Monthly Archives: May 2013

How to choose a software vendor

So, you’ve decided you need a software vendor to build an application for you. It might be an idea you have for a great new product, or a tool that needs to integrate with an existing system, or an application to automate a manual process in your organisation.

I assume you know a little about software but you do not have much experience in how applications are built and how software development teams operate; you would like to know how to pick a software team that will build a quality product, that will understand what you need and contribute to the success of your business.

To give you some background, I am a software engineer, have led software teams, outsourced projects to remote software teams and delivered work for remote clients. I would like to share a few ideas to help you judge if a software team is worth their weight in gold.

How well do they communicate?

You will be spending a fair bit of time with the team you pick. You’ll explain your idea to them, they’ll explain their approach to the project, It’s important that you understand each other, that you click, that you are on the same wavelength. When you explain your idea to them they should understand it and be able to contribute constructively to it. When they explain their implementation to you it should be in such a way that you can understand. Successful communication is critical to the success of your project – pick a team that you can communicate well with.

Do they understand your business domain?

It is incredibly valuable if the team that you engage with understands your business domain or the industry that you are in. Have they worked with clients in your industry before? Do they specialise in a specific domain and does it overlap with yours?

A software team that understands the context in which an application will be used, will spend less time trying to understand the problem space and more time focussing on the solution. You might have a very clear documented vision of your application but inevitably decisions need to be made during development by the development team. A software development team makes better decisions when they understand the business domain.

Do you like their existing work?

Past behaviour predicts future behaviour. You can tell a lot from a team based on work that they have delivered in the past. Most teams would be happy to share a portfolio with you of applications that they have built before.

Do they design clear and easy to understand user interfaces? Is it intuitive to use their applications? Do you get a sense that they have thought through every scenario in which the application might be used? Do they take pride in their work?

Are they willing to involve you in the process?

A good software team values continuous contribution from their client. Be wary of a team that vanishes for 3 months with your requirements with the promise that they’ll deliver the perfect product when they return.

Before any line of code is written they should involve you in their planning process or at least give you clear visibility on their planning. When development starts they should be able to show you their progress on a weekly basis and invite your feedback.

A good software team understands that requirements may change during a project and they embrace change, knowing that certain things become clearer only during development.

Do they have good software development practices?

Even if you are not very familiar with software development you can still make a judgement of a team’s engineering practices by asking a few simple questions.

Do they test their software? Good software development teams have diligent process through which they test their software. You can reasonably expect testing to be partially automated and partially manual. I would be careful if they do not do a fair bit of each. Most teams would be happy to discuss this.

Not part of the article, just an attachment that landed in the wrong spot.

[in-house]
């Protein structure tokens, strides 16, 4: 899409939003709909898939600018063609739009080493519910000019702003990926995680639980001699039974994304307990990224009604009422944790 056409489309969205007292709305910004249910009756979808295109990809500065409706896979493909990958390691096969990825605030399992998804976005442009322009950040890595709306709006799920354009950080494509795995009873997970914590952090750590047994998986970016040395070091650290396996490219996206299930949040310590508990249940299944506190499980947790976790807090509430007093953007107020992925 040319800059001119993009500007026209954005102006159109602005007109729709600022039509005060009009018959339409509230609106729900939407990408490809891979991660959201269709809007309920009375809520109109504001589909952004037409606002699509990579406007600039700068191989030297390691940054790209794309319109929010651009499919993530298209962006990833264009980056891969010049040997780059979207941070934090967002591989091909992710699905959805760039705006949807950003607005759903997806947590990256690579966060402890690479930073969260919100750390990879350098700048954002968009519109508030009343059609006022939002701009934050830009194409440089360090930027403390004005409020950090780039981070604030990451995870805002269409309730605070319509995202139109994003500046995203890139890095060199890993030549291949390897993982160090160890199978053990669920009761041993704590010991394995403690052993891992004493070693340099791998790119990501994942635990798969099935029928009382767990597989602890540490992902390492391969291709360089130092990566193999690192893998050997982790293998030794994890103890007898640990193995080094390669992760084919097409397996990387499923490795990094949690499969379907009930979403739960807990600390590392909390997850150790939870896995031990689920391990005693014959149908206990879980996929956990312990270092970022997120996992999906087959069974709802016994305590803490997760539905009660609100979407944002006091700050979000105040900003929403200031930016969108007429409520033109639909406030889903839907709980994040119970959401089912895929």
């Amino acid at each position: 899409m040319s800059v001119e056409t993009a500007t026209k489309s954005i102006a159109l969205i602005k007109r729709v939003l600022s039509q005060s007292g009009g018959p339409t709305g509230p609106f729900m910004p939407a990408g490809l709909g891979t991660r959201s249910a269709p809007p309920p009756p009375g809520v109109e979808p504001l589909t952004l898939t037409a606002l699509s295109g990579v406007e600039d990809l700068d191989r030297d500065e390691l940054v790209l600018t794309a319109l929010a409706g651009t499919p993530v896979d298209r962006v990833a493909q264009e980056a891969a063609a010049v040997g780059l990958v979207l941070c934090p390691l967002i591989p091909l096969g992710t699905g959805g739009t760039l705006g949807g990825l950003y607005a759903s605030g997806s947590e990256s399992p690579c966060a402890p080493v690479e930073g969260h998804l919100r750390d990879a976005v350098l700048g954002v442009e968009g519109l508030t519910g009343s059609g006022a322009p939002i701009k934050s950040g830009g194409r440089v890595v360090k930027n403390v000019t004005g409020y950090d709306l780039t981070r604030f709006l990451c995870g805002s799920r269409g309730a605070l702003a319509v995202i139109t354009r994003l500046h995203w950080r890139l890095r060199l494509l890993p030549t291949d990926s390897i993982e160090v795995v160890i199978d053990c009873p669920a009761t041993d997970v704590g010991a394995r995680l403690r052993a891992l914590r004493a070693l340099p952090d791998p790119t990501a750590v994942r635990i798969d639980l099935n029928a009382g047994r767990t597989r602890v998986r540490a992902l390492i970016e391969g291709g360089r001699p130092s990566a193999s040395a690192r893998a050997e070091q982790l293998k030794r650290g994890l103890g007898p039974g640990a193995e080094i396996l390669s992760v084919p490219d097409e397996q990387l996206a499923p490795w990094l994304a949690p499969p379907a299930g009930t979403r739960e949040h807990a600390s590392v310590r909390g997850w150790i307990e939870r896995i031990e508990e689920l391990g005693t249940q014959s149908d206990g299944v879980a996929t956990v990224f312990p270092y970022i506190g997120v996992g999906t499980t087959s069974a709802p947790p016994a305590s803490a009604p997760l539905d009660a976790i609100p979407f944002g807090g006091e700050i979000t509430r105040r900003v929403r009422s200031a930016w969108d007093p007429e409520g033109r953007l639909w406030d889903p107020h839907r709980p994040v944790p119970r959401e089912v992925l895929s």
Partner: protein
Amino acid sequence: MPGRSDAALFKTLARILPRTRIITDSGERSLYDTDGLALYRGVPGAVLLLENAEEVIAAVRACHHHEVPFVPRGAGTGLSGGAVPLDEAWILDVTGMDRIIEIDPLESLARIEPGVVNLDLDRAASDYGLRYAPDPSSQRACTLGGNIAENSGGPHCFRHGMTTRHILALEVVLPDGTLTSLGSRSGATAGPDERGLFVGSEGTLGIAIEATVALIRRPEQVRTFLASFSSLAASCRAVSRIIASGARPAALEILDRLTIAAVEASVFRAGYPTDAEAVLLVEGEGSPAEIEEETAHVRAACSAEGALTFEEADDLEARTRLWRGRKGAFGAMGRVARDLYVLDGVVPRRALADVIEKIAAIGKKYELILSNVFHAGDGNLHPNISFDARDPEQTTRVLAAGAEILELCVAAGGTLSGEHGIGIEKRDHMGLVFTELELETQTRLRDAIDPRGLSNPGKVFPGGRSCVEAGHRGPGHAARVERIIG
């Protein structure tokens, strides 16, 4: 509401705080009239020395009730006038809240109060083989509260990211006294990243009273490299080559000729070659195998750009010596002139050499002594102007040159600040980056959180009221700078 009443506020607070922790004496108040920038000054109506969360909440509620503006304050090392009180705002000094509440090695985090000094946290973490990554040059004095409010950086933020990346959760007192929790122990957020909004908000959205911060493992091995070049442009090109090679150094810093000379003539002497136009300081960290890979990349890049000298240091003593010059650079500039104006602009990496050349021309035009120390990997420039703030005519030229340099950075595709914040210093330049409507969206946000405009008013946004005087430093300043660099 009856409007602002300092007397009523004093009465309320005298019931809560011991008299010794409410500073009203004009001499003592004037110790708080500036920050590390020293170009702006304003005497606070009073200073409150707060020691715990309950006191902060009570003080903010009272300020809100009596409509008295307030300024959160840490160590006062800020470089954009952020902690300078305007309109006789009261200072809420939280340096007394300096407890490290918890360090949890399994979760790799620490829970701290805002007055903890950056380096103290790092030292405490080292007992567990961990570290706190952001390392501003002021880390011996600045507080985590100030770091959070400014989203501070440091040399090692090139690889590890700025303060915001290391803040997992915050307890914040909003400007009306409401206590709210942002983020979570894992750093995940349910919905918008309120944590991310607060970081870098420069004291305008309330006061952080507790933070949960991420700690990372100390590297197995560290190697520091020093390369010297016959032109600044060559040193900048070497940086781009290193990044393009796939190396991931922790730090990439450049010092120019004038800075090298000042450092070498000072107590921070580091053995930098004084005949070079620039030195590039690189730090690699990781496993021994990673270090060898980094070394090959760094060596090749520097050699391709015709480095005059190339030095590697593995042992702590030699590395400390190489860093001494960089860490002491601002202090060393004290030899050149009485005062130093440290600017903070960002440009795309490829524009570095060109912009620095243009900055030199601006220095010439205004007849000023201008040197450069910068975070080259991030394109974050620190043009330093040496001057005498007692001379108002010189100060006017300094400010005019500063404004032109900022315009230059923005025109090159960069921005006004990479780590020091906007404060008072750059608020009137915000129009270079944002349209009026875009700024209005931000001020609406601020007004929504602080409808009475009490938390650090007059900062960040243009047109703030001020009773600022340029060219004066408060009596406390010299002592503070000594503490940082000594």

Do they break their projects down into small testable chunks of work? Similar to manufacturing, it is best to break a software project into small well-defined pieces of work that can be tested from a user’s perspective. Successful teams have a well-defined process by which they define, implement and test pieces of work and measure their overall progress (protip: why can’t developers estimate time?).

Do they frequently deploy their code to a production like environment? It is important that deployment to production is part of the development process early on in the project. This eliminates surprises at the end. It is also important that this process is automated.

Do they have a process in place to deal with bugs? Teams should have a process in place through which they track, prioritise and fix bugs.

Are they familiar with software security? Good software teams consider security from early on in the development project and have checkpoints in place during the project to review security of the application.

How do they stay on top of the latest technologies? Software development is a fast changing industry. Good software teams encourage and support their developers to read, attended conferences, have side projects and experiment with new techniques.

Do they contribute to the software community? All software teams rely heavily on the wealth of knowledge that is provided by the software community. Healthy software teams give back to the community through publishing their knowledge, contributing to open source projects, speaking at conferences, etc.

What is their public reputation?

A good software team has happy clients (client testimonials), they engage in conversation in the public domain (twitter, mailing lists), they are regarded as specialists in their own domain (blogging, speaking at conferences), etc.

Wrapping it up

The above pointers are aimed to help you to judge a vendor’s maturity in few fundamental aspects of software development without having to know the industry jargon. There is more to software development that can be covered in a single blog post but hopefully the above will enable you to have a confident discussion when engaging with a software team for the first time.

About Sibert Lubbe

Siebert is a software engineer, enthusiastic about all things software related – the code, the people, the business, the processes and emerging technologies.

He is based in Melbourne, Australia currently working at Find him on Twitter as @siebertlubbe or at

Upcoming in Dradis Pro v1.7: New interface

The release of Dradis Pro is getting closer. We’re in feature freeze now, just adding the finishing touches.